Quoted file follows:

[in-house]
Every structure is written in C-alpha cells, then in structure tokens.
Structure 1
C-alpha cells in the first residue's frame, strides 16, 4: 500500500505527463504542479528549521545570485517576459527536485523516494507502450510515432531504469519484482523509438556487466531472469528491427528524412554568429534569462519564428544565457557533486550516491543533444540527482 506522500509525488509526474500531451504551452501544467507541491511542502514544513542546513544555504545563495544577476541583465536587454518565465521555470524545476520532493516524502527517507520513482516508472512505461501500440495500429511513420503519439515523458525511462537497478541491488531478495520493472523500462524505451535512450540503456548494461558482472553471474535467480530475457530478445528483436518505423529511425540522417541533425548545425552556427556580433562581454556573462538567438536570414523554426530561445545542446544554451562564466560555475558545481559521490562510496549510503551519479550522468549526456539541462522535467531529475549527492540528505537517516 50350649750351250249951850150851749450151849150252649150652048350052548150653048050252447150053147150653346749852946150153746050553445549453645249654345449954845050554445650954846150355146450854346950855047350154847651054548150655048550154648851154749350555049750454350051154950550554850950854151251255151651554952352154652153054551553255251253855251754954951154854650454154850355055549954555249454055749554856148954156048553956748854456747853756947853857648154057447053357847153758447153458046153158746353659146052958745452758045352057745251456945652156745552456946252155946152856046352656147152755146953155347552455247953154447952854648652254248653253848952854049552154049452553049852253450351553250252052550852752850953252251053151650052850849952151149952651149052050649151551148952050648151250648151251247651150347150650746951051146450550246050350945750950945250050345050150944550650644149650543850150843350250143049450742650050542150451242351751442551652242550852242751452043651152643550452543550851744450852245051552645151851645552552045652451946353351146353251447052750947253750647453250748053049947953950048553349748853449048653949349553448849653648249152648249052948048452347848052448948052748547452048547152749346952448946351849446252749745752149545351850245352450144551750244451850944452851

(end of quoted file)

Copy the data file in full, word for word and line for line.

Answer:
[in-house]
Every structure is written in C-alpha cells, then in structure tokens.
Structure 1
C-alpha cells in the first residue's frame, strides 16, 4: 500500500505527463504542479528549521545570485517576459527536485523516494507502450510515432531504469519484482523509438556487466531472469528491427528524412554568429534569462519564428544565457557533486550516491543533444540527482 506522500509525488509526474500531451504551452501544467507541491511542502514544513542546513544555504545563495544577476541583465536587454518565465521555470524545476520532493516524502527517507520513482516508472512505461501500440495500429511513420503519439515523458525511462537497478541491488531478495520493472523500462524505451535512450540503456548494461558482472553471474535467480530475457530478445528483436518505423529511425540522417541533425548545425552556427556580433562581454556573462538567438536570414523554426530561445545542446544554451562564466560555475558545481559521490562510496549510503551519479550522468549526456539541462522535467531529475549527492540528505537517516 50350649750351250249951850150851749450151849150252649150652048350052548150653048050252447150053147150653346749852946150153746050553445549453645249654345449954845050554445650954846150355146450854346950855047350154847651054548150655048550154648851154749350555049750454350051154950550554850950854151251255151651554952352154652153054551553255251253855251754954951154854650454154850355055549954555249454055749554856148954156048553956748854456747853756947853857648154057447053357847153758447153458046153158746353659146052958745452758045352057745251456945652156745552456946252155946152856046352656147152755146953155347552455247953154447952854648652254248653253848952854049552154049452553049852253450351553250252052550852752850953252251053151650052850849952151149952651149052050649151551148952050648151250648151251247651150347150650746951051146450550246050350945750950945250050345050150944550650644149650543850150843350250143049450742650050542150451242351751442551652242550852242751452043651152643550452543550851744450852245051552645151851645552552045652451946353351146353251447052750947253750647453250748053049947953950048553349748853449048653949349553448849653648249152648249052948048452347848052448948052748547452048547152749346952448946351849446252749745752149545351850245352450144551750244451850944452851